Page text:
Comments on Marriage in Contemporary Culture: Five Models That Might Help Families

By Schumm, Walter R. | Journal of Psychology and Theology, Fall 2003 | Go to article overview

Comments on Marriage in Contemporary Culture: Five Models That Might Help Families


Schumm, Walter R., Journal of Psychology and Theology


Questions are answered in relationship to innovative theoretical models derived primarily from the author's teaching experiences in family theory and methodology. Implications of the models for marital interventions by local community and church leaders as well as marital therapists are discussed.

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Can you briefly describe what kind of work you are currently doing in support of Christian marriages?

Since 1979, I have been teaching about marital interaction, contemporary family theories, family research methodology (Schumm, 1993; Schumm, 2001), family intervention program evaluations, and premarital counseling (Silliman & Schumm, 1999, 2000) in the School of Family Studies and Human Services at Kansas State University in Manhattan, Kansas. I also have served as a research consultant on issues concerning military families, especially the impact of overseas deployments and related risk factors (Schumm, Bell, & Gade, 2000; Bell & Schumm, 2000), in addition to a project on the causes of Gulf War illnesses (Schumm, Webb, Jurich, & Bollman, 2002). I have served as a consultant to Ken Canfield's National Center for Fathering (Canfield, Schumm, Swihart, & Eggerichs, 1990) and to the Army's Chaplains programs on building strong families, as well as studying intrinsic religiosity among military personnel (Schumm, 2000). During this time I dealt with many families as a senior staff officer and commander within the U. S. Army Reserve, retiring in July 2002 after more than 30 years service (Schumm, Polk, Bryan, Fornataro, & Curry, 1998). One of my career goals has been to develop visual models to explain complex issues in ways that are easier to understand. My father had a professor at the Naval Academy in 1924 who used to say that "the picture works the puzzle." That is why much of what I have to say will revolve around five simple models that I have found useful while teaching over the years. Of course, all models are simplifications of a more complex reality; therefore, these models should be starting points for discussion, not ending points.

Although models may be interesting, we should be focusing on "Jesus, the author and finisher of our faith" (Hebrews 12: 2). The models are not a substitute for professional marriage counseling or crisis counseling (Swihart & Richardson, 1987).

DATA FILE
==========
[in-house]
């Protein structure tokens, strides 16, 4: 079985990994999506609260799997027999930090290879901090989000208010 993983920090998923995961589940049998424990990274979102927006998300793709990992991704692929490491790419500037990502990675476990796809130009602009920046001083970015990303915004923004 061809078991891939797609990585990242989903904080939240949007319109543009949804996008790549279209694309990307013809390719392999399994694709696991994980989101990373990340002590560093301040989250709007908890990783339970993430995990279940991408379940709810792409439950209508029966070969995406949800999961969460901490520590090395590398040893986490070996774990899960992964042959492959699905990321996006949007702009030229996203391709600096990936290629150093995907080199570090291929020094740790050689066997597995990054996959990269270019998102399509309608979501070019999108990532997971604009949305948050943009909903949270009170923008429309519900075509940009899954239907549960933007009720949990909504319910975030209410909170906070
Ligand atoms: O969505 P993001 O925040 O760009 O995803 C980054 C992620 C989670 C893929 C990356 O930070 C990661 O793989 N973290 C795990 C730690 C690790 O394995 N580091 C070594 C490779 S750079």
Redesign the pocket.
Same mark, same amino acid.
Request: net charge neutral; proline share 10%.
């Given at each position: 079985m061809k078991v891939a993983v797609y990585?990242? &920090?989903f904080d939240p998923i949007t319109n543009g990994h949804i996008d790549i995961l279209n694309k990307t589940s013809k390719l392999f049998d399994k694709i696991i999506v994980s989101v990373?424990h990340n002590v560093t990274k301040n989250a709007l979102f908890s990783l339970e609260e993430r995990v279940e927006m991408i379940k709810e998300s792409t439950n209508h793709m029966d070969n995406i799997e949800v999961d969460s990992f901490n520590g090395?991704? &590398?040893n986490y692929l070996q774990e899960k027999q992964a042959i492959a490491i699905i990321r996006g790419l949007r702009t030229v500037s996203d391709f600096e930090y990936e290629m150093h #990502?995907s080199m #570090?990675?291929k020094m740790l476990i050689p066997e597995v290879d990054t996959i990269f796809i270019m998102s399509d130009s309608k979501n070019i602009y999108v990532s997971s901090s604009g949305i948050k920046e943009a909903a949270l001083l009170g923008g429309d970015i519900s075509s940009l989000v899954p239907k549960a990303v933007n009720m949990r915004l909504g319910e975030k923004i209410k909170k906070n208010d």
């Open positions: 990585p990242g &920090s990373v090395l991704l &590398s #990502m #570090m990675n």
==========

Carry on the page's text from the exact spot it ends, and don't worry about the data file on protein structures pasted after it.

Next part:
A number of dangers to the institution of marriage have been proposed, including cohabitation, increased religious heterogeneity, dual career issues, modern mobility, increases in the length of life, and others. Over the next decade, what do you believe will be the greatest risks to the institution of marriage? Follow up: What do you believe is the cause of high levels of divorce in the Christian community today?

There are a number of dangers to Christian marriage. In contrast to many others, my chief worry is not about the effect of "outsiders" on Christian marriage; I am worried most about the effect of "ourselves." Healthy organisms usually resist disease but unhealthy ones often succumb. In other words, I can understand why a non-believer would divorce his wife for a younger "trophy," but I am more distressed when Christians do the same thing and--more dangerously--rationalize their behavior as not only Biblically appropriate but as positively good. If we can't solve our own problems with divorce, are we not being presumptuous to tell non-believers how to solve theirs?

I have tried to develop integrated models of morality and marital interaction rather than mere lists of what is wrong. To cover the issues of dangers and the reasons for divorce, I will present two theoretical models. The first model (the "Moral Transformations" Model, see Figure 1) is about the Christian life. This model has been touched upon in a couple of previous articles (Schumm, 2001; Schumm, 2002) but is developed more fully here. Imagine a rectangle with five vertical divisions, numbered 1 through five, from left to right. …

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